And finally, if the Scylla table you’re copying into is not in use, it is possible to gain a nice speed up (about 25%) by disabling compaction on it. You should of course re-enable it when the migration is finished. Do note that disabling compaction may cause Scylla to use a larger amount of disk space should any write retries occur, so keep an eye on the free disk space.
Disabling and re-enabling compaction is done using the following CQL statements:
3. Benchmarking the Migrator
So let’s see some numbers – how does the migrator fare against the
sstableloader on an identical setup? We’ll start with the migrator first. We used the following infrastructure for the benchmarks:
- 6 Cassandra 3.11 nodes, running on
i3.4xlargeinstances (a total of 96 cores and 732GB of RAM);
- 3 Scylla 3.0-RC3 nodes, running on
i3.4xlargeinstances (a total of 48 cores and 366GB of RAM);
- 3 Spark 2.4 nodes, running on
r4.4xlargeinstances (a total of 48 cores and 366GB of RAM).
The test data used consisted of 1TB of random data, generated as 1Kb rows with a replication factor of 3.
The first run used 23 Spark workers, started with
SPARK_WORKER_CORES=2, for a total of 46 parallel transfers. This configuration achieved an average transfer rate of 2GB/minute. We can see, in the screenshots from the Scylla Monitoring dashboards, that Scylla is not being saturated:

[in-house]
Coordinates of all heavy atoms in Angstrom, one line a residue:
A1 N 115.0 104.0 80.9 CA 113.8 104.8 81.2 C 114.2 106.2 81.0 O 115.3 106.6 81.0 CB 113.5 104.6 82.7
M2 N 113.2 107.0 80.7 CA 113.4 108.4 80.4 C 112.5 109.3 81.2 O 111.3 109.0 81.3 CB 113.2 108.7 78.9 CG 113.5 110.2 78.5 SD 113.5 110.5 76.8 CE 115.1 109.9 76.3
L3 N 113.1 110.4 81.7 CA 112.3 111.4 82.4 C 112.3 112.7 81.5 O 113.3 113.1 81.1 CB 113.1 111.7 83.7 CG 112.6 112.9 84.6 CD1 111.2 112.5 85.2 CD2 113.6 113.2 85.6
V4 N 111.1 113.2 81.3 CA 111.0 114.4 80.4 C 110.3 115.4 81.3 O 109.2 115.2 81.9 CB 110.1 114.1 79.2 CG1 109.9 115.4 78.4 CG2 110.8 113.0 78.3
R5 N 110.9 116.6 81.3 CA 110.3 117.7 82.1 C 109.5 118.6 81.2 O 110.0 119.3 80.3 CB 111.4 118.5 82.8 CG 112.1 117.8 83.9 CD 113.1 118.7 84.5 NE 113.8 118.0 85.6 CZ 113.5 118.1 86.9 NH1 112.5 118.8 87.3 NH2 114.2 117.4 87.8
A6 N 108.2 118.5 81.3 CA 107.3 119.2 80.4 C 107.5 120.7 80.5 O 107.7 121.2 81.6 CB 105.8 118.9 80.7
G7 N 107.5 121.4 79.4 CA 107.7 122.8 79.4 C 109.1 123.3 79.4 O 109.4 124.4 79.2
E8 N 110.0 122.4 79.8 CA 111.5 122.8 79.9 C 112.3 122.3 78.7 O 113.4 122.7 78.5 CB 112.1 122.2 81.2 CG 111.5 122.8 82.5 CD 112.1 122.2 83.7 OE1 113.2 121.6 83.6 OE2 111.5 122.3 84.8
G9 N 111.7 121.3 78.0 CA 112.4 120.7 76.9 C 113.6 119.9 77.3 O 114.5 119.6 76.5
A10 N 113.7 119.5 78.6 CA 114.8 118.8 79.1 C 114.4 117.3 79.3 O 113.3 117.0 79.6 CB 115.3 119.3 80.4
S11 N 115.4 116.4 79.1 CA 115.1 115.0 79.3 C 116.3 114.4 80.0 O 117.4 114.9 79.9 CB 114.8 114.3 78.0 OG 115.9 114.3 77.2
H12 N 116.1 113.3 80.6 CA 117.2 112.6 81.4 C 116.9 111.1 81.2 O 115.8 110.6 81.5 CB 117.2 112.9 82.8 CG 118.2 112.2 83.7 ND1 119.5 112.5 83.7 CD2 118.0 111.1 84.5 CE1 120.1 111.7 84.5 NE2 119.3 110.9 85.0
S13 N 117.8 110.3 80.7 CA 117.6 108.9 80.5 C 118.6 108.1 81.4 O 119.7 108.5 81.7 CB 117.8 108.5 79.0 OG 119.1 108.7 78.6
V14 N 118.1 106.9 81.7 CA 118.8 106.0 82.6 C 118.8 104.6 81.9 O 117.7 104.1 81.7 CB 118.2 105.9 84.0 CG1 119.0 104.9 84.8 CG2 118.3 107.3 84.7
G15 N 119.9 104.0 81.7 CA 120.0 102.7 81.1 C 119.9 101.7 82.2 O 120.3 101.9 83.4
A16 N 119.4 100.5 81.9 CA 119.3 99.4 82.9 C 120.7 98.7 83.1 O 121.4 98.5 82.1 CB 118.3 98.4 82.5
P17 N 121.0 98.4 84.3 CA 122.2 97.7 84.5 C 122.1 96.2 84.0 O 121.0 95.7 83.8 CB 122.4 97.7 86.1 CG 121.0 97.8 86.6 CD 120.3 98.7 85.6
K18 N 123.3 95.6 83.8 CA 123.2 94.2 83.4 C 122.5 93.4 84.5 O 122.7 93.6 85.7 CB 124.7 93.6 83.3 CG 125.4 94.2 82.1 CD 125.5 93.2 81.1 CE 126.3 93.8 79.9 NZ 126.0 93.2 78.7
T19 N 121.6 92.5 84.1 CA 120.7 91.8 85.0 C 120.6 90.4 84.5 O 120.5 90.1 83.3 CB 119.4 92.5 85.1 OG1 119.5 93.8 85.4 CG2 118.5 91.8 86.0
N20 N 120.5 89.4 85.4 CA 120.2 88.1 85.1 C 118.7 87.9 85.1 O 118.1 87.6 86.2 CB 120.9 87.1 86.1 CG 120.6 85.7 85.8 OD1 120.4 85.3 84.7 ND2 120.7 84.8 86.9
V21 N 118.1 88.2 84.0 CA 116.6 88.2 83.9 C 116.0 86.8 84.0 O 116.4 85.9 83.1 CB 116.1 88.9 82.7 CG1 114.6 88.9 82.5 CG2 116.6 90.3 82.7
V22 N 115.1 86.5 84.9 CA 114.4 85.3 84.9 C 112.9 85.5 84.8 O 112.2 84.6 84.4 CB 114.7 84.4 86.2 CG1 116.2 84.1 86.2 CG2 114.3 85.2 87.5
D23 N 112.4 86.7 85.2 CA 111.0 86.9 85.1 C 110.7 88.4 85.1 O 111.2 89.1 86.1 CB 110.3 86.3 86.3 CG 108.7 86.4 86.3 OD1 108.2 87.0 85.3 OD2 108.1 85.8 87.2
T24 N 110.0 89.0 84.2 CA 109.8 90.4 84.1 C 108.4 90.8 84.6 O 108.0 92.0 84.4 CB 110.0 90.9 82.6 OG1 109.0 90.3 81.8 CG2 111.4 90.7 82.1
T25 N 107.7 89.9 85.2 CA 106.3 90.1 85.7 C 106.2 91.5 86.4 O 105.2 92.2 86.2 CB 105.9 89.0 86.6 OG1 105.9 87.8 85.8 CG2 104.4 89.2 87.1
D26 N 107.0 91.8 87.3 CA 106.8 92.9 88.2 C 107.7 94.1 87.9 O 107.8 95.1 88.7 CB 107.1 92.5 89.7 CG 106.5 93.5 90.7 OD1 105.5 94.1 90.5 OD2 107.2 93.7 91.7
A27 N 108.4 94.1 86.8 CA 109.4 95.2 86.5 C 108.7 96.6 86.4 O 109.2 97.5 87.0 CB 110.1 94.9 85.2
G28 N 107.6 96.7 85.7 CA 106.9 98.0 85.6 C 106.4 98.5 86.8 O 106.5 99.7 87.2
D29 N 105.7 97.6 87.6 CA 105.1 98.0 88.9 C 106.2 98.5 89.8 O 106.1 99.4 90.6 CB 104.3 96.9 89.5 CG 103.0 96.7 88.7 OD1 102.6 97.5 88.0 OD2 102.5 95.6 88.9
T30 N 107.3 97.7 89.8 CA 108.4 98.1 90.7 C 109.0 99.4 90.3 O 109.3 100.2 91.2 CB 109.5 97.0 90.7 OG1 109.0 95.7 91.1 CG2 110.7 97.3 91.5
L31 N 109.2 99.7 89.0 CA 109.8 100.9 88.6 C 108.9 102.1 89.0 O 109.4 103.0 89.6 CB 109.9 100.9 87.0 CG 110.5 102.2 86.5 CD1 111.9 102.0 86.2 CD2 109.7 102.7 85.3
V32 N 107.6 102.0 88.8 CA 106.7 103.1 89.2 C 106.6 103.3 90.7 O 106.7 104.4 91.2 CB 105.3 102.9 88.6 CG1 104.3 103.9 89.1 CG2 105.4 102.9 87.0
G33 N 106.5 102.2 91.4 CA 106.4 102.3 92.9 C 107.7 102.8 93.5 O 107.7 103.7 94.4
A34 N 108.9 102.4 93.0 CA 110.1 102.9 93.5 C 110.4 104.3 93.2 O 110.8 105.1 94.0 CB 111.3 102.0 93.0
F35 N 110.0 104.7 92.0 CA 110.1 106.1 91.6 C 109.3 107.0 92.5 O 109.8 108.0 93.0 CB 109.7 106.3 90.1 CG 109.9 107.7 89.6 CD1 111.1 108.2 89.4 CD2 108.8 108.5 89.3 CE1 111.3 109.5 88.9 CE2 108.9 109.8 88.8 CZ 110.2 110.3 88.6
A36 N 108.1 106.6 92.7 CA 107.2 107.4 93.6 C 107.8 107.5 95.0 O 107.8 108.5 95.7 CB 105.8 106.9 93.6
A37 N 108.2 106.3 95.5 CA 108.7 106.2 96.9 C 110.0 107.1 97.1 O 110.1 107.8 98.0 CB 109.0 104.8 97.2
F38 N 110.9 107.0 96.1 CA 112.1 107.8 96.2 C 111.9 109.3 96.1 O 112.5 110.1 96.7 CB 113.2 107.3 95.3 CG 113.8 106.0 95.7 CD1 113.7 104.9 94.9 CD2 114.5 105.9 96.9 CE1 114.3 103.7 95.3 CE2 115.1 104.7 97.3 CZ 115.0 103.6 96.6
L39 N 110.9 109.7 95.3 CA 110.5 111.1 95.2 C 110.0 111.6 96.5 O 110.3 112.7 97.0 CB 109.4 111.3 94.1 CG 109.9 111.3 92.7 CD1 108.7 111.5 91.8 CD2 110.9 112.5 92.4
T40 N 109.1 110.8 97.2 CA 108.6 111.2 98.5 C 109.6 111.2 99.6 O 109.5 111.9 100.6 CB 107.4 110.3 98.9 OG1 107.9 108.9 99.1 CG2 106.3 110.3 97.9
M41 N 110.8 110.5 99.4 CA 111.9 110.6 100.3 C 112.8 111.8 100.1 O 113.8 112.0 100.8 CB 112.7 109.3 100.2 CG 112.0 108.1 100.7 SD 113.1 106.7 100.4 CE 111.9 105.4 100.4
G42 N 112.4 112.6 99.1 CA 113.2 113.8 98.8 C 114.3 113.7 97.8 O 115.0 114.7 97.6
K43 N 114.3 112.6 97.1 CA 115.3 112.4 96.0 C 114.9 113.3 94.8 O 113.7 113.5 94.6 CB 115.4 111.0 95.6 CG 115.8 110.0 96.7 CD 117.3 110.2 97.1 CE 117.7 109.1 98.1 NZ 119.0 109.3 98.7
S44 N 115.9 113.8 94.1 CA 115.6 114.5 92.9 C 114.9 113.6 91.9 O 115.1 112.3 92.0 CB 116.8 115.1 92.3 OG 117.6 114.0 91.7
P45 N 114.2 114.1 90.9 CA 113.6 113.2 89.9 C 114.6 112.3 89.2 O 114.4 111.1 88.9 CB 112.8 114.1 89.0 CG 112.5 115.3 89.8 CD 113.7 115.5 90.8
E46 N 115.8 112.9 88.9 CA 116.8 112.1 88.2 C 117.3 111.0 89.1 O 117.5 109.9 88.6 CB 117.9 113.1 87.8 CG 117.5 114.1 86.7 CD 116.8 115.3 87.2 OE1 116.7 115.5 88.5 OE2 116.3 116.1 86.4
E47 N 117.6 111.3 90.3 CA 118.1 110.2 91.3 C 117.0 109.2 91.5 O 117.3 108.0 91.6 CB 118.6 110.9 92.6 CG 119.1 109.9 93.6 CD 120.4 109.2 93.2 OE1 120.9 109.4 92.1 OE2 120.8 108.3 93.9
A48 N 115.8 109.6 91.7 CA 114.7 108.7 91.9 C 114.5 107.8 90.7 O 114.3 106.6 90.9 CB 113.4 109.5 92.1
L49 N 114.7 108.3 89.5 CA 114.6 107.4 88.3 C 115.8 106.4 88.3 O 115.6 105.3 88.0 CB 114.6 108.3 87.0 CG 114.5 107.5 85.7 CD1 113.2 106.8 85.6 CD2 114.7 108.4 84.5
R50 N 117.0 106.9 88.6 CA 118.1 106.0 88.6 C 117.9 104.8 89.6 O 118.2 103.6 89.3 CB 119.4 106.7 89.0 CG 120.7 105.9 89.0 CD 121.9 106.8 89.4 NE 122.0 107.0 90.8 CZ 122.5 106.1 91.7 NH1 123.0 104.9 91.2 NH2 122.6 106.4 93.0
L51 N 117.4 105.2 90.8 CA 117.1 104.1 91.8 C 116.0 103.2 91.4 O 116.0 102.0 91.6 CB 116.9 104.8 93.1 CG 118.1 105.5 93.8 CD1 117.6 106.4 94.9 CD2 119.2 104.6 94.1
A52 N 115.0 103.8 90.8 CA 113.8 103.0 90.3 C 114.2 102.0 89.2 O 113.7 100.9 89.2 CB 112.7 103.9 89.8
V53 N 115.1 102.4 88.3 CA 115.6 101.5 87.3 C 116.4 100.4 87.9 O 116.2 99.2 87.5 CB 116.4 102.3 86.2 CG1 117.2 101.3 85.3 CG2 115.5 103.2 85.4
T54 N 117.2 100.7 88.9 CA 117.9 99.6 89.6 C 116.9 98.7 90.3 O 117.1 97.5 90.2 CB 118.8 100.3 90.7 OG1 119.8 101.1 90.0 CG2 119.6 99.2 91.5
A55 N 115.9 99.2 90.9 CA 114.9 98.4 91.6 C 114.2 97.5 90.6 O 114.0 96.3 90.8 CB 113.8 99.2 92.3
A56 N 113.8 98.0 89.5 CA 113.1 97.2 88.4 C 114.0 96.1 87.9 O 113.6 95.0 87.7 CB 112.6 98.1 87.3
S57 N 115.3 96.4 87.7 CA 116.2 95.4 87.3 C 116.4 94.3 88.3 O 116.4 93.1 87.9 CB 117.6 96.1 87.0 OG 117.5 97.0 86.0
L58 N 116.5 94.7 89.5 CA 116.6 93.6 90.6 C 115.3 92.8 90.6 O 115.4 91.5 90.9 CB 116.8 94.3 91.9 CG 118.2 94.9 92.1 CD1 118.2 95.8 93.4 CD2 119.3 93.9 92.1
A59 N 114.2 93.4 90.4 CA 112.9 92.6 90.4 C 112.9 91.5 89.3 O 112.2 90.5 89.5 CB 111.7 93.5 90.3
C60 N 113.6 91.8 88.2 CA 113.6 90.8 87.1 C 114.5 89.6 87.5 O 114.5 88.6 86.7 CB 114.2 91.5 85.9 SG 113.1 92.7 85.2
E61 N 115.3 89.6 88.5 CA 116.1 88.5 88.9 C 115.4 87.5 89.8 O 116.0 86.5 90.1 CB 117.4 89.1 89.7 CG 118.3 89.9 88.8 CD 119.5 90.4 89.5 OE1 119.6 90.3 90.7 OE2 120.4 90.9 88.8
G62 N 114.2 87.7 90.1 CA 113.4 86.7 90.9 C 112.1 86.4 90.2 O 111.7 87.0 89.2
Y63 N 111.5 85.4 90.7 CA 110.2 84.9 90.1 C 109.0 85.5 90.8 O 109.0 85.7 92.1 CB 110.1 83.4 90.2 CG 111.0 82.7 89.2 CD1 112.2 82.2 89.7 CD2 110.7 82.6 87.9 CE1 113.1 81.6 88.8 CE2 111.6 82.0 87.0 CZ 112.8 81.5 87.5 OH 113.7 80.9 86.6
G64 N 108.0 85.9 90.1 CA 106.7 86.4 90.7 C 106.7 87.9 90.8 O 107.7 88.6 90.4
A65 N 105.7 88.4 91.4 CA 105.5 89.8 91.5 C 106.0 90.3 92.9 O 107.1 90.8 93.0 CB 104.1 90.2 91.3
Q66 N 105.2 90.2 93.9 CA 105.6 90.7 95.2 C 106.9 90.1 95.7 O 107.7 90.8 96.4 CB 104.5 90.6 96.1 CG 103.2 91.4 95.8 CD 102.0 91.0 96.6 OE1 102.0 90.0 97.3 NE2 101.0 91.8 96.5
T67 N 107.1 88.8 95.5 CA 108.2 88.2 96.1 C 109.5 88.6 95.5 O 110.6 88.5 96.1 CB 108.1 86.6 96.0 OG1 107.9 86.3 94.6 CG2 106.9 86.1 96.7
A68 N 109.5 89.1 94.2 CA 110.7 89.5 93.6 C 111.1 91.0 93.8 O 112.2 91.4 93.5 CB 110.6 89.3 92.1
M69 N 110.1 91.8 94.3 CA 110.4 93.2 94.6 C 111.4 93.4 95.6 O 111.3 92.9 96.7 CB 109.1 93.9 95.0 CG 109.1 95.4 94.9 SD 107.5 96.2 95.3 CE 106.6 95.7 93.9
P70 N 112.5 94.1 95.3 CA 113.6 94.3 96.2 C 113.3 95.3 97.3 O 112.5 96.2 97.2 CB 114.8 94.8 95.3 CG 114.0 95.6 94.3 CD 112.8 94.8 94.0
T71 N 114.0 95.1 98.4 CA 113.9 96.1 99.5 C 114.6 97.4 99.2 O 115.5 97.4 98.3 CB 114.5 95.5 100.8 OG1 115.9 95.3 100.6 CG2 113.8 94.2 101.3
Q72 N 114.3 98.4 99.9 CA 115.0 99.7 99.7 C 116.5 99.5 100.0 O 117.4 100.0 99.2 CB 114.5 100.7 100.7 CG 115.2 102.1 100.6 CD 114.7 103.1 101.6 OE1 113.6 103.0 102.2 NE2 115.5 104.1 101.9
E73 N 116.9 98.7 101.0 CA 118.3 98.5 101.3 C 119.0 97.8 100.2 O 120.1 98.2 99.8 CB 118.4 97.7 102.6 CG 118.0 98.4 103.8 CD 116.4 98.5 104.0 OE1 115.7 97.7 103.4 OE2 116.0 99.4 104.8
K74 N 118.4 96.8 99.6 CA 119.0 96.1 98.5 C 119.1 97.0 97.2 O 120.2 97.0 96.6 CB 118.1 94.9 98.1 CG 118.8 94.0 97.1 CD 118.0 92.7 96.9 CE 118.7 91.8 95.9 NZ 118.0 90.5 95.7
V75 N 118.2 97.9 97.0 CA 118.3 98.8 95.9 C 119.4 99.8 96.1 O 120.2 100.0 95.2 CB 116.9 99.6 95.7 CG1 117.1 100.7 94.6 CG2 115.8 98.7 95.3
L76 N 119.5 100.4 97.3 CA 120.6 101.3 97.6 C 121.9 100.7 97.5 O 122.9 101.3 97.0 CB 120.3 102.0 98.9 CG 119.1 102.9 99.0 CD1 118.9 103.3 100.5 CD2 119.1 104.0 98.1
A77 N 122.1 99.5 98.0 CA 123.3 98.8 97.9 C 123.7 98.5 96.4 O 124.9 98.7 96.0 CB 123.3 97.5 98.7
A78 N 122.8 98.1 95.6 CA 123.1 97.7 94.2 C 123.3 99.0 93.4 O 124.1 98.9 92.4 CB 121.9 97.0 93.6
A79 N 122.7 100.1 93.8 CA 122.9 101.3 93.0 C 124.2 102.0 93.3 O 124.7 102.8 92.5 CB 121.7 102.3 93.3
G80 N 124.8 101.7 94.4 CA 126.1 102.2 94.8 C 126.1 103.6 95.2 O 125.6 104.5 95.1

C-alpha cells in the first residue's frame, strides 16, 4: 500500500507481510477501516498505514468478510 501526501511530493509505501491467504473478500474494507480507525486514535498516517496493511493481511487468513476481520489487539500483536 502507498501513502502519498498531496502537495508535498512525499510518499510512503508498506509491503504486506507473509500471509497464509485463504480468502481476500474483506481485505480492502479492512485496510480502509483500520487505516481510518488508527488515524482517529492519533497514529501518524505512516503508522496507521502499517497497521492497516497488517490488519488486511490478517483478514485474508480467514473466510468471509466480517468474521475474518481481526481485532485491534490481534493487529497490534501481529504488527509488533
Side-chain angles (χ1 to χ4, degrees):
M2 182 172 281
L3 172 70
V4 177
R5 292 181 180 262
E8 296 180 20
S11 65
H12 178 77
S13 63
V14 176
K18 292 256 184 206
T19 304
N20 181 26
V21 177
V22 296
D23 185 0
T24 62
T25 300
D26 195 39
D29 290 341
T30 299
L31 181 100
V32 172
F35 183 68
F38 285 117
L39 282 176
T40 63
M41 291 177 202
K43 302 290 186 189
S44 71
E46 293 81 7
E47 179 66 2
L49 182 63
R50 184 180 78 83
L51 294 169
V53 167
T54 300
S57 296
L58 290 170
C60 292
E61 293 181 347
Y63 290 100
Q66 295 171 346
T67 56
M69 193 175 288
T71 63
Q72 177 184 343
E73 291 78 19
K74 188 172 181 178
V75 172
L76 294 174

Restarting the workers with
SPARK_WORKER_CORES=8, for a total of 184 parallel transfers, achieved a transfer rate of 3GB/minute – a 50% increase! We can see from the same graphs that Scylla is now being saturated much more consistently:
Disabling compaction also helped squeeze out some more performance, for a transfer rate of 3.73GB/minute:
Increasing the concurrency to keep the load steadier did not help, unfortunately, and only resulted in write timeouts.
In this post, we’ve seen how you could deploy and configure Spark and the Scylla Migrator and use them to easily transfer data from Cassandra to a Scylla deployment. We encourage you to kick the tires on this project, use it to perform your migrations and report back if you hit any problems.